I recently sent a letter to the Boston Globe, which I’m now assuming will not be printed. One of the high points of writing that letter, for me, involved trying to find a good synonym for knucklehead—something I haven’t had to do very often. To make it a bit more challenging, I decided that the word I picked could not end in “head,” like bonehead, lunkhead, fathead, meathead, etc. After considerable deliberation, and serious mental exercise on my part, I came up with numskull—an accomplishment I’m still pretty proud of. Having those two words appear in the same paragraph is quite a literary feat, and I’ll be sad if my letter never sees the light of day.
Yesterday, after returning from shopping early in the morning, I told my 13-year-old daughter of something great that happened at the store. They were collecting all the Star Market/Shaws cards & ripping them up. You didn’t need them anymore to collect the discounts. I considered that a “great” occurrence because I had been holding cards for Stars/Shaw, CVS, Walgreens, and Rite-Aid, and frankly my keychain was getting a bit overextended. I thought that if Star Market could get rid of those cards, maybe the others would follow suit. The whole thing is a big waste of time and, frankly, I’m fed up with it. Which is why I was elated by the brave step that Star Market has taken. My daughter, of course, didn’t get it. She just laughed as if I were crazy. (And maybe I am, but not because of this. This truly is “great,” and I mean that in the truest sense of the word, great.)
I lead a pretty staid existence. I rarely leave the house and when I do, it’s usually to play handball, which is a very cleancut sport. So you can imagine my surprise–and to some extent excitement–when Google informed me that someone in Romania used my password to break into my Google account for reasons unknown. I’ve since changed my password, although I have no idea how they/he/she? got the last one. Still, for a boring guy like me, that’s pretty much the high point of my week.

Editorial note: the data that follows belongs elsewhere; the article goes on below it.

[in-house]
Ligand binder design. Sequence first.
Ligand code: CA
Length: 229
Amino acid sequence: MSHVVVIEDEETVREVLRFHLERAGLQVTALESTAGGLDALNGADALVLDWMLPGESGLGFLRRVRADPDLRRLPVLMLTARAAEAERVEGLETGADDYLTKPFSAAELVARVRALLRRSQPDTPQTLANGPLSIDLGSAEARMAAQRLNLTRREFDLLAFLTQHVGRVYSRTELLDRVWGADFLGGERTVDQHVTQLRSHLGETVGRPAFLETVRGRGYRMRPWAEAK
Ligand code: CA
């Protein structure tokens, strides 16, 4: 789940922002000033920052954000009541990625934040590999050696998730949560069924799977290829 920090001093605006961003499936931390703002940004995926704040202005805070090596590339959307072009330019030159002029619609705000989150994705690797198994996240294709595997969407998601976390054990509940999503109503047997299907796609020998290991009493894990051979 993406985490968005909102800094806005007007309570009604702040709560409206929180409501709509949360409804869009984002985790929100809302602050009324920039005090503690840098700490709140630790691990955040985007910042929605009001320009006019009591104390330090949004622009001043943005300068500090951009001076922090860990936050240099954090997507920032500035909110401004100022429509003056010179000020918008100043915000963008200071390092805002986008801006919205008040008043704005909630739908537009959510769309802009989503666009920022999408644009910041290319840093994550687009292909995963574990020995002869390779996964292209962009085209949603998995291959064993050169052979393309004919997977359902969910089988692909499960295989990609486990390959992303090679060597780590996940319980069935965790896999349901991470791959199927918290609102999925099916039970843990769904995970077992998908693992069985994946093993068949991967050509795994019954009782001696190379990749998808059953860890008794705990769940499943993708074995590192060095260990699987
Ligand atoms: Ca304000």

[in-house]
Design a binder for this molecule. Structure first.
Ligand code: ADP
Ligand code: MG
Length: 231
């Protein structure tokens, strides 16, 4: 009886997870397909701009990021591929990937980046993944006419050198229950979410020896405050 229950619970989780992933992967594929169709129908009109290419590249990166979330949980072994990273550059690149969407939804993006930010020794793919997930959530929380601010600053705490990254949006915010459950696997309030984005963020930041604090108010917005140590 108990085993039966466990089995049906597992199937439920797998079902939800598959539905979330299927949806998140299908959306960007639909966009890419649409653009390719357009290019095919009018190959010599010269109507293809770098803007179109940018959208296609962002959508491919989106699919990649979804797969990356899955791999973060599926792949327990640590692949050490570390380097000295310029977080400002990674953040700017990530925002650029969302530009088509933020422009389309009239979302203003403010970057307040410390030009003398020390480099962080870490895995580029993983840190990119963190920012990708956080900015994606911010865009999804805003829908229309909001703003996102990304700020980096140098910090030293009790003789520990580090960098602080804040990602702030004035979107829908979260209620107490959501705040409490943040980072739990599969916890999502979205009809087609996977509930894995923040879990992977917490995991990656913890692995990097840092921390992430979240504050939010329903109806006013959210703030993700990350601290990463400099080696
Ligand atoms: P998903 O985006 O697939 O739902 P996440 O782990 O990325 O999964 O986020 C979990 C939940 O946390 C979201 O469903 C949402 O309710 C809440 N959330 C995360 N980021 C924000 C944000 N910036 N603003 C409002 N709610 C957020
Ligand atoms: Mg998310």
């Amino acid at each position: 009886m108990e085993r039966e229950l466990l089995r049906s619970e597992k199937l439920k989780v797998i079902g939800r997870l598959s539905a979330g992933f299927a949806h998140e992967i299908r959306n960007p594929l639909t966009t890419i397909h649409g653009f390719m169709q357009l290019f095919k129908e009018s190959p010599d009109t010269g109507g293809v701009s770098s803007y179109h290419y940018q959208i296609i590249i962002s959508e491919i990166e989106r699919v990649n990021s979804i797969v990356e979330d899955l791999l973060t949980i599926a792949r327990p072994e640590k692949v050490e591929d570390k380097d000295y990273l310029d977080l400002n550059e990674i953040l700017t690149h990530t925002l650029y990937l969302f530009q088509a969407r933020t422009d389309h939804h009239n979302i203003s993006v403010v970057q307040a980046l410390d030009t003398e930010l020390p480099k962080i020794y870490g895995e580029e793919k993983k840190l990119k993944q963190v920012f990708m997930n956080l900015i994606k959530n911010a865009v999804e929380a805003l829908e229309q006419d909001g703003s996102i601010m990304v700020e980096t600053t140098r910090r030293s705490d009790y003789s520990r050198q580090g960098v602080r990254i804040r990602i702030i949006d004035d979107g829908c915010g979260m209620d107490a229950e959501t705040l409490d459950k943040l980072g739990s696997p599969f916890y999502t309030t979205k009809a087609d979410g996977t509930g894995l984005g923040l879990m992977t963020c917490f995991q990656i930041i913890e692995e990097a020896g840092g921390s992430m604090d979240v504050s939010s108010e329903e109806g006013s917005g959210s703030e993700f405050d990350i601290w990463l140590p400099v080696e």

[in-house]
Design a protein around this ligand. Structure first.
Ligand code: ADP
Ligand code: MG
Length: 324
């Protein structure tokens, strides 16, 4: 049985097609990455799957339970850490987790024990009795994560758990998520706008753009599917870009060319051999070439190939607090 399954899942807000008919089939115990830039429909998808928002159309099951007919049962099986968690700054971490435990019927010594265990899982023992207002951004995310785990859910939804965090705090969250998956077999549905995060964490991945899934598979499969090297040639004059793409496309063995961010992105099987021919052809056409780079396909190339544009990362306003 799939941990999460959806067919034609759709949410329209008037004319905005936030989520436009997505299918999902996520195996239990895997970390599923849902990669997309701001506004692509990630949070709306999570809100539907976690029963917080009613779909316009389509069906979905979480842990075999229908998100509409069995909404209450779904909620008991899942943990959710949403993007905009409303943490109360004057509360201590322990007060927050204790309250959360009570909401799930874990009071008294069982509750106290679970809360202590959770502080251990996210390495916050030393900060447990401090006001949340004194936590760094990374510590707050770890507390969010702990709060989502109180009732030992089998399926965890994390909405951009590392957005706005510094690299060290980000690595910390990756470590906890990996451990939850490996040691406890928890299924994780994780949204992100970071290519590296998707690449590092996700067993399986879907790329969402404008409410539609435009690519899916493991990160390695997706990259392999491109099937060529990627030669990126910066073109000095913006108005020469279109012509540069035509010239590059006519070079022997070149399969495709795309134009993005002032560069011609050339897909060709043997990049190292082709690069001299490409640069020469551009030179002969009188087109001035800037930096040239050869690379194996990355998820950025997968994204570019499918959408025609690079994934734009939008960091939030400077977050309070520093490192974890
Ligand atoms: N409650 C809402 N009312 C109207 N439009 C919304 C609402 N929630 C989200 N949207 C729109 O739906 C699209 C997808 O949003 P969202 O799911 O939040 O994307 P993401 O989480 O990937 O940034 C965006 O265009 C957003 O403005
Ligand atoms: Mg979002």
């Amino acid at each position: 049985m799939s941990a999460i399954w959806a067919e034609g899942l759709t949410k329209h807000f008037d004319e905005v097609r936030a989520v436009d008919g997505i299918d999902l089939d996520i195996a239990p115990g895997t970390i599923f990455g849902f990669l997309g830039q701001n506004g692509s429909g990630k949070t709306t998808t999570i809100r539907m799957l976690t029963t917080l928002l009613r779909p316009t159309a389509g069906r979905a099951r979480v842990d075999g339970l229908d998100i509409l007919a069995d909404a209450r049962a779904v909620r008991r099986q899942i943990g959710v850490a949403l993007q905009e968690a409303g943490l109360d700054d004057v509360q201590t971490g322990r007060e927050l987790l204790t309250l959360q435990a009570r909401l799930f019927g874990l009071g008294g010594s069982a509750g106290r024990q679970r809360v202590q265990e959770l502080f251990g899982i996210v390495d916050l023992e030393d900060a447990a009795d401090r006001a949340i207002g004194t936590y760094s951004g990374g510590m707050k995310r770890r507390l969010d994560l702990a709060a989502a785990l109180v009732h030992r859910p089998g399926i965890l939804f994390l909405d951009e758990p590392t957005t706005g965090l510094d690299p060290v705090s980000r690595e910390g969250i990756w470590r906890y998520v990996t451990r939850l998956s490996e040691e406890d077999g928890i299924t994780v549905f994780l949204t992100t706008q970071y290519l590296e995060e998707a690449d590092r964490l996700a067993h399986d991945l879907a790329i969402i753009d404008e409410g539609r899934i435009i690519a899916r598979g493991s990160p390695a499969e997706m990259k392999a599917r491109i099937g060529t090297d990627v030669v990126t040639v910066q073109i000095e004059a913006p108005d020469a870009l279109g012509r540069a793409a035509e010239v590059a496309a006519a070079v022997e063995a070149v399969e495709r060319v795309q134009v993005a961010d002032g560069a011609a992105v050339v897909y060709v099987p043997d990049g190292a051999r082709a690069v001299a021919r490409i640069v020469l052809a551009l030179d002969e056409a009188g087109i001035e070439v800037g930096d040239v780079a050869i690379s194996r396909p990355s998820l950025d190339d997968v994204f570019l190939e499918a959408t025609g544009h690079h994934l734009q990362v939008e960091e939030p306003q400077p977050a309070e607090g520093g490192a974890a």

When it comes down to it, I guess I just hate losing things. On Sunday, I came back from my gym and discovered that I’d lost my Speedo bathing suit. Those skimpy things cost a lot in my book, around 30 bucks, and I can’t let that slide too easily. Except that I left the gym around closing time (6pm) and probably couldn’t get back in. Plus it was very hot, over 90 degrees, and I didn’t feel like biking back there (almost 2 miles) right away. But an hour later, when things had cooled down a bit, I decided to give it a try, as I remembered that my flipflops had fallen out of my swimming bag, which made me wonder whether the swimsuit might have slipped out too.
When I got to the approximate area of the flipflop flop, I was disappointed to see no Speedo lying on the sidewalk. I walked downstairs to the gym, knowing it was closed, but hoping I might see something on the floor. An employee was still there, working out on his own. He could see me but I couldn’t communicate with him through the thick panes of glass. So I went upstairs to a coffee shop to try to write a note to the guy. All they had was a tiny slip of paper used for receipts, which I didn’t think was big enough to do the trick. So I went to the sporting goods store nearby and got a full sheet of paper, borrowing a pen from them too. I wrote a note explaining that I’d lost something. Fortunately, the guy was still there working out, so I held the note up to the pane of glass. He saw it and kindly met me at the entrance to the gym.
I told him I was looking for my black Speedo. He said he saw a bathing suit near the showers but didn’t think it was black. But I was welcome to look anyway. I thanked him and headed to the showers. Sure enough a Speedo was hanging up on the rack. And sure enough, it was no longer black—having faded to a dirty, pale gray. It was more worn than I’d realized. It wasn’t black anymore, and it wasn’t worth no 30 bucks either. But it was mine, so I took it back home with me, satisfied to have achieved some closure in at least one area of my life.
I innocently claimed to have picked up several PhDs in mathematics at Harvard. Somehow this claim was blown out of proportion and has come back to haunt me, even though I am, in fact, truly blameless in this case. Here’s what happened: I was doing some research for a book in the Harvard math (Birkhoff) library, where I looked through many PhD dissertations. I had to pick them up, move them here or there, and eventually replace them to their proper locations in the stacks. Someone heard about this and reported that I had boasted about “picking up several Harvard PhDs.” You can see how that might have happened, but it was clearly a big misunderstanding. And for the record: I do not have several Harvard PhDs, as I personally believe that would be excessive.